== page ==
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Slve Selander

Psychology 12

2016

Confabulation.
-Slve Selander
Basically, confabulation is the act of filling in memory gaps. It can also be looked at as
remembering information that was not stored in your brain, ever. Think of it as filling in the
gaps. We are going to dig a bit deeper into this concept, and after you have read this,
hopefully, you have a better understanding of what confabulation is, and why it happens.
The first thing to know, is that Confabulation is not lying, since your intent is not to mislead
or deceive anyone.1 When you confabulate, you are presenting information that can be a
little different from the truth, all the way to really different fabrications of the truth. Most of
the cases that we know of are symptoms of dementias and brain damage. Something that
is important to understand, is that they usually believe in their recollections, even when
faced with evidence that contradicts it.2
There is two types of confabulation, and they are often distinguished. The first one is
Provoked confabulation, and it is seen as a normal response to a memory with some
missing stuff. This is common in both dementia and amnesia. Provoked confabulation is
something that can become apparent if you for example are doing a memory test.3 The
other one is Spontaneous confabulation, which is a bit tricky. It does not happen as a
response to something. It is pretty rare, usually seen in cases of dementia, usually from
the interaction between the frontal lobe (the part of the brain that is used for thinking,
planning, and decision making4 ) and organic brain syndrome (decreased mental function).
If we look at some of the theories, the neuropsychological ones are the most popular.
These theories say that research suggests that confabulation is caused because of the
1

Moscovitch M. 1995. "Confabulation". In (Eds. Schacter D.L., Coyle J.T., Fischbach G.D.,
Mesulum M.M. & Sullivan L.G.), Memory Distortion (pp. 226251). Cambridge, MA: Harvard
University Press.
2

Nalbantian, edited by Suzanne; Matthews, Paul M.; McClelland, James L. (2010). The memory
process: neuroscientific and humanistic perspectives. Cambridge, Mass.: MIT Press.
ISBN978-0-262-01457-1.
3

Metcalf, Kasey; Langdon, Robyn; Coltheart, Max (1 February 2007). "Models of confabulation: A
critical review and a new framework". Cognitive Neuropsychology 24 (1): 2347. doi:
10.1080/02643290600694901.
4

http://brainmadesimple.com/frontal-lobe.html

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Slve Selander

Psychology 12

2016

difficulty that the brain has to retrieve long-term memory. This is associated with the frontal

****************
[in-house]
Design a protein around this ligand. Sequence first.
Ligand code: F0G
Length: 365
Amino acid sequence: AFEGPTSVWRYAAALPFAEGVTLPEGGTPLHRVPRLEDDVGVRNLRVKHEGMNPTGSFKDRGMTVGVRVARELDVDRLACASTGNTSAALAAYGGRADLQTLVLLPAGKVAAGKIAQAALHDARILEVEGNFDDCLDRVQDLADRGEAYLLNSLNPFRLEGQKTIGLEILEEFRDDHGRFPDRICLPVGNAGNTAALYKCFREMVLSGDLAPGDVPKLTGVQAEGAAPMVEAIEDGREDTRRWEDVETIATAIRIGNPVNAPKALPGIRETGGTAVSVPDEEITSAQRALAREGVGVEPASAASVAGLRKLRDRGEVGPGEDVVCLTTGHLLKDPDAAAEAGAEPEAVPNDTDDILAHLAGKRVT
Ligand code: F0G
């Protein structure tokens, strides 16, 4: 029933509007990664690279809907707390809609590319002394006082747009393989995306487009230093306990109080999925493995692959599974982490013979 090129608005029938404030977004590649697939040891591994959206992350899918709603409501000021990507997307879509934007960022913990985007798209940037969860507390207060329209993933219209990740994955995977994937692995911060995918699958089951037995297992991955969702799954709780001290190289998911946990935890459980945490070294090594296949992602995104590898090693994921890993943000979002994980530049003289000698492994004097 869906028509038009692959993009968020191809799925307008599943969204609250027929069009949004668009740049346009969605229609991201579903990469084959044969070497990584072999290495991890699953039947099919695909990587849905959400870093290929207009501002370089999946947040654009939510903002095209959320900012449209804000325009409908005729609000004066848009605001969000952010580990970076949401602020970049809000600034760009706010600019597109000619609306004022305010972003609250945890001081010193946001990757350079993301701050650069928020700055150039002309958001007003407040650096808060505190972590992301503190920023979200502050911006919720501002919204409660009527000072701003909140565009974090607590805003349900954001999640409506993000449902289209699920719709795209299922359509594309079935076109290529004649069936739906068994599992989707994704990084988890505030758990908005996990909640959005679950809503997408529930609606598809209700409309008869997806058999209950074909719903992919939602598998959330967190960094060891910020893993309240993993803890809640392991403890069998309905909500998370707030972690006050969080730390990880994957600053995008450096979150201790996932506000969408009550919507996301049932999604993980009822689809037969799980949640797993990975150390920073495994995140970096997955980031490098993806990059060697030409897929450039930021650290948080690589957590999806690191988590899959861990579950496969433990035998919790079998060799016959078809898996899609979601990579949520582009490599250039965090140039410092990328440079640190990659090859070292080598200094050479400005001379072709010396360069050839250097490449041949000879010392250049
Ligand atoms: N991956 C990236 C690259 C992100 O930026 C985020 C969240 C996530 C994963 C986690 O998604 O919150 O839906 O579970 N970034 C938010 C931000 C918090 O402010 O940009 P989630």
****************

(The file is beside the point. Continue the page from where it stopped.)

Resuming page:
lobe that we talked about above, and in the case of confabulation, it is preventing
information to get retrieved.5 Some researchers distinguished two subtypes as well, simple
and fantastic. These subtypes are pretty complex, and explaining everything would take a
while. I would however recommend looking at Emil Kraeplins research on it.
Confabulation is presenting information that is inaccurate from the truth, on a small to a
larger scale. You are missing some information, and without thinking of it, your brain are
filling in the blanks, and you believe it. This is not something that just suddenly happens, it
is usually paired/a side effect of also having some type of dementia. Hopefully, you learned
something new today. I certainly did!

http://www.sciencedirect.com/science/article/pii/S0028393297000286

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Slve Selander

Psychology 12

2016

Refrences:
Metcalf, Kasey; Langdon, Robyn; Coltheart, Max (1 February 2007). "Models of
confabulation: A critical review and a new framework". Cognitive Neuropsychology 24 (1):
2347. doi:10.1080/02643290600694901.
Morris Moscovitch, Brenda Melo (n.d.). Strategic retrieval and the frontal lobes: Evidence
from confabulation and amnesia. Obtained from
http://www.sciencedirect.com/science/article/pii/S0028393297000286
Moscovitch M. 1995. "Confabulation". In (Eds. Schacter D.L., Coyle J.T., Fischbach G.D.,
Mesulum M.M. & Sullivan L.G.), Memory Distortion (pp. 226251). Cambridge, MA:
Harvard University Press.
Nalbantian, edited by Suzanne; Matthews, Paul M.; McClelland, James L. (2010). The
memory process : neuroscientific and humanistic perspectives. Cambridge, Mass.: MIT
Press. ISBN 978-0-262-01457-1.
The Brain Made Simple. (n.d.). Frontal Lobe. Obtained from
http://brainmadesimple.com/frontal-lobe.html

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